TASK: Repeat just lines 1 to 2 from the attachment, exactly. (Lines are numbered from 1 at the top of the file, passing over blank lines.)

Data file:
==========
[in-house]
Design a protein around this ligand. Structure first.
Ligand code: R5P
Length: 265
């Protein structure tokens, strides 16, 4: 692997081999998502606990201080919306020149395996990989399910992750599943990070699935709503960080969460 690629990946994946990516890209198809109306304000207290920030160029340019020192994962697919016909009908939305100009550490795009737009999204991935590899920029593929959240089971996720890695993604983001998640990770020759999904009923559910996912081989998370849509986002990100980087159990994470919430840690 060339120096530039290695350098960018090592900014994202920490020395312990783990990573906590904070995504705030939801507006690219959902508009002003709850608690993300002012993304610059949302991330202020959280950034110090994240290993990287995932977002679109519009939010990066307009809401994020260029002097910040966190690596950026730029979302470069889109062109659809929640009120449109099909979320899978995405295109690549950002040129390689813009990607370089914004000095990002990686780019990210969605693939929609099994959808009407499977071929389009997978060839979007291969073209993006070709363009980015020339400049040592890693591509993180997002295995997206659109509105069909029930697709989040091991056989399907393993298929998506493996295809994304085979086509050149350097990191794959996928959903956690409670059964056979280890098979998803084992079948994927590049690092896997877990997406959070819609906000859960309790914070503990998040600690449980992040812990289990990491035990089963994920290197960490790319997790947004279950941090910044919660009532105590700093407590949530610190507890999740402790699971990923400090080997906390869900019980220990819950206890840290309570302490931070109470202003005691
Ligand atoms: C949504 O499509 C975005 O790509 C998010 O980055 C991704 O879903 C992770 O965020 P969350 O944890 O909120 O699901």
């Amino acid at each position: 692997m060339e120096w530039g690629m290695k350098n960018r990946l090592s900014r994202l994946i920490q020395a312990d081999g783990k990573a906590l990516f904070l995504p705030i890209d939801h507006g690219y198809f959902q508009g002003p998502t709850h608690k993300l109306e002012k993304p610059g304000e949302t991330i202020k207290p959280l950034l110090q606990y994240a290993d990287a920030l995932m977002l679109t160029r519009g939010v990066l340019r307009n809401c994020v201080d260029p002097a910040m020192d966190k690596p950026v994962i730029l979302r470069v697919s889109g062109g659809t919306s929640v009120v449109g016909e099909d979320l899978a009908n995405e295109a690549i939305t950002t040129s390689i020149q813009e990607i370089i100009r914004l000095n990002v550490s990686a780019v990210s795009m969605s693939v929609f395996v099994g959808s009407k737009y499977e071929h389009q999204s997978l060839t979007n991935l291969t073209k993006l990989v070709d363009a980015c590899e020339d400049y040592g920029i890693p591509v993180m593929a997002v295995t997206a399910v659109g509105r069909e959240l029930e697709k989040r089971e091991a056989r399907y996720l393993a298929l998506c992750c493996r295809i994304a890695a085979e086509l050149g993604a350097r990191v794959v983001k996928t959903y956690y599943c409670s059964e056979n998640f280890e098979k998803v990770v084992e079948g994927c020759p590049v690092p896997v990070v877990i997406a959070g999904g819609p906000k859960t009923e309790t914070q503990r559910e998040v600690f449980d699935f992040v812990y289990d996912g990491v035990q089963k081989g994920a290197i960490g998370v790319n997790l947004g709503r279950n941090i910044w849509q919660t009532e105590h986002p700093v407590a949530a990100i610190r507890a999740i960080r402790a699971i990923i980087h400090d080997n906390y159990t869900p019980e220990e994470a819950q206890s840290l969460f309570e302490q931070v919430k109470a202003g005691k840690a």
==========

[in-house]
Design a protein around this ligand. Structure first.